The Centre for Hate Studies

Our films

Revisiting the Harms of Hate

A decade on from the original film, ‘Revisiting the Harms of Hate’ features the voices of people typically considered as members of ‘hard-to-reach’ groups, or perhaps more pertinently ‘easy to ignore’. Four victims share their experiences of hate and harassment and explore how they have been affected by the events of an extraordinary decade.

Hate crimes have escalated over the past ten years, with hostile attitudes, divisive politics, online toxicity and continued cuts to services all reinforcing the huge challenges facing those who are targeted simply because of who they are or what they look like. But as well as showcasing these challenges, the film identifies steps that all of us can take to stop the hate. We can all make a difference.

The Harms of Hate

This short film, 'The Harms of Hate', showcases the stories of seven people who have been victimised for different reasons and in a variety of ways.

The film highlights a number of themes, including:

  • The range of people affected by hate incidents
  • The different forms that hate incidents can take
  • The impact that hate incidents have on victims, their families and wider communities
  • The advice that these victims would offer to people suffering from similar experiences

The film has been shown in schools, colleges and universities, and used in training by criminal justice practitioners, educators and healthcare professionals around the world.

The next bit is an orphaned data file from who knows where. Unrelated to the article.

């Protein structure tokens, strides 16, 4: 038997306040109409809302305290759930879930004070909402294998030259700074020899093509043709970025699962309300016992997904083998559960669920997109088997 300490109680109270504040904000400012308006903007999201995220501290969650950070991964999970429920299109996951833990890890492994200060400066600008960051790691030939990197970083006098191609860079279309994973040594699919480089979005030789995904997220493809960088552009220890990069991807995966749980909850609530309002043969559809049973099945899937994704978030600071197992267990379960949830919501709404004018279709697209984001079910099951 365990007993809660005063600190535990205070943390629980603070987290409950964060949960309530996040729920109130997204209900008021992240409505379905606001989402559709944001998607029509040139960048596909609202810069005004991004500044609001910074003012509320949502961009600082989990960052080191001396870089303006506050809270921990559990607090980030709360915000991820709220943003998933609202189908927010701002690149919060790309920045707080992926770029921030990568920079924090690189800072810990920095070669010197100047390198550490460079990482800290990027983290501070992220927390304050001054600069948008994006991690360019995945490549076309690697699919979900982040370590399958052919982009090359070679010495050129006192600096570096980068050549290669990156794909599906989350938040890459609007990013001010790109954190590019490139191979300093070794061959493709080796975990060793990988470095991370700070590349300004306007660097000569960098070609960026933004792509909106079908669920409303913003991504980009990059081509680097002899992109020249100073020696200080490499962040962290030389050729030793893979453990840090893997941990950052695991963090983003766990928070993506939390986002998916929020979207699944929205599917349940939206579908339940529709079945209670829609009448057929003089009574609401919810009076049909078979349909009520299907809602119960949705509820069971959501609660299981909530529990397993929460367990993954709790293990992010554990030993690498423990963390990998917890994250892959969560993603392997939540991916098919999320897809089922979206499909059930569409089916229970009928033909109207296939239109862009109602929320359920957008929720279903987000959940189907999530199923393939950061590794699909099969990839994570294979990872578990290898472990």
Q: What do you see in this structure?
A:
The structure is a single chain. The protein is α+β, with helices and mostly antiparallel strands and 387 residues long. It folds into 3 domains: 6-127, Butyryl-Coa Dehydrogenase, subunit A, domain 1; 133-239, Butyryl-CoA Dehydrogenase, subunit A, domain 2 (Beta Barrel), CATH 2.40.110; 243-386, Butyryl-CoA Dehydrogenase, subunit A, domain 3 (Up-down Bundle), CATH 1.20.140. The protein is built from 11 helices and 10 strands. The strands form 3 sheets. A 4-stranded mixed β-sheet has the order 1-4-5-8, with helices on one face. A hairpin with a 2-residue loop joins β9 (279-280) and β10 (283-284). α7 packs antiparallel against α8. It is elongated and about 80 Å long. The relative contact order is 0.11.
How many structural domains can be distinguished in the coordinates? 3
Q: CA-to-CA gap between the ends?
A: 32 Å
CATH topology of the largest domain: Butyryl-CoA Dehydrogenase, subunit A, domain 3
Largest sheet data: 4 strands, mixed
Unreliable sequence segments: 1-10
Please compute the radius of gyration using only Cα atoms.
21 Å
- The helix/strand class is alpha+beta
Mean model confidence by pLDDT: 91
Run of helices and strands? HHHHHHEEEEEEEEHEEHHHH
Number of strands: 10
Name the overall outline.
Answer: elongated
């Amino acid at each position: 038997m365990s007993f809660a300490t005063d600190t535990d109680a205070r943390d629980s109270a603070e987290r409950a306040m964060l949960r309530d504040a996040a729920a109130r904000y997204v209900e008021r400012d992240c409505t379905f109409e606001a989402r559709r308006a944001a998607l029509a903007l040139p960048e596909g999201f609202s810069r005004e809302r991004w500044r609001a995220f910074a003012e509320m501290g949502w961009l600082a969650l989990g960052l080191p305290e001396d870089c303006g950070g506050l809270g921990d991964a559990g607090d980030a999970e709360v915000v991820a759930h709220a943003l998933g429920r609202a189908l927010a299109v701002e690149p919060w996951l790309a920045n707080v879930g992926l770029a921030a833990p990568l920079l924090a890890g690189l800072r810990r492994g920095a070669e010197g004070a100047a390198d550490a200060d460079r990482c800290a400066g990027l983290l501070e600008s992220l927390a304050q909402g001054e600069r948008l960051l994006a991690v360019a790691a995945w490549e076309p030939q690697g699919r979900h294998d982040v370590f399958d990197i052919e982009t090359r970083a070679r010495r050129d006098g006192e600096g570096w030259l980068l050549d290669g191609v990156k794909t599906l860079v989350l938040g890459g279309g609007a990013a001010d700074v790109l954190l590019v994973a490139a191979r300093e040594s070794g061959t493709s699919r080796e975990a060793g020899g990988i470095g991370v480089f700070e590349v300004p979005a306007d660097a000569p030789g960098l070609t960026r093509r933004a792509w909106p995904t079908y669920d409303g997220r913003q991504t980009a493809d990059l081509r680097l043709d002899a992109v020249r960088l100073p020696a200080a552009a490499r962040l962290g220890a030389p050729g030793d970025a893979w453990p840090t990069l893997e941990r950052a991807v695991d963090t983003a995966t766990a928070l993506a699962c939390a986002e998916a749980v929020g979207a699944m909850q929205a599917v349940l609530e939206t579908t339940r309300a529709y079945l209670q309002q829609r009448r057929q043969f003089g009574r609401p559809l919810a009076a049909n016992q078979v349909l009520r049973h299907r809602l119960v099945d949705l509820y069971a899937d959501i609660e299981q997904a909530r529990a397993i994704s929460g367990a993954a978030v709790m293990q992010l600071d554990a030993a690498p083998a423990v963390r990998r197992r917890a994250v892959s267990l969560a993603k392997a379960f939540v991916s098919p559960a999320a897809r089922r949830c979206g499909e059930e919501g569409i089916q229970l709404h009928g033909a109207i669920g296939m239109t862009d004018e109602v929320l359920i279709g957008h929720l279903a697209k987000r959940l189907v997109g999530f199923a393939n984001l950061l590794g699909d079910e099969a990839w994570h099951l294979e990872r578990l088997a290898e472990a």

I Can’t Ignore Hate: Can You?

This animated film, which was produced in association with Seed Creativity, showcases the stories of four hate crime victims whose experiences have been made worse when witnesses have walked on by or ignored their suffering without offering to help. Hate crimes often take place in everyday locations: in public streets, in supermarkets, on public transport. For victims, seeing bystanders rushing past or turning a blind eye can contribute to a heightened sense of victimisation and isolation.

We all have a collective responsibility to do whatever we can to challenge hate and prejudice. Rather than placing the responsibility to report on the individual victim, this animated film has been created to highlight practical, safe and straightforward steps that we can take to offer support.

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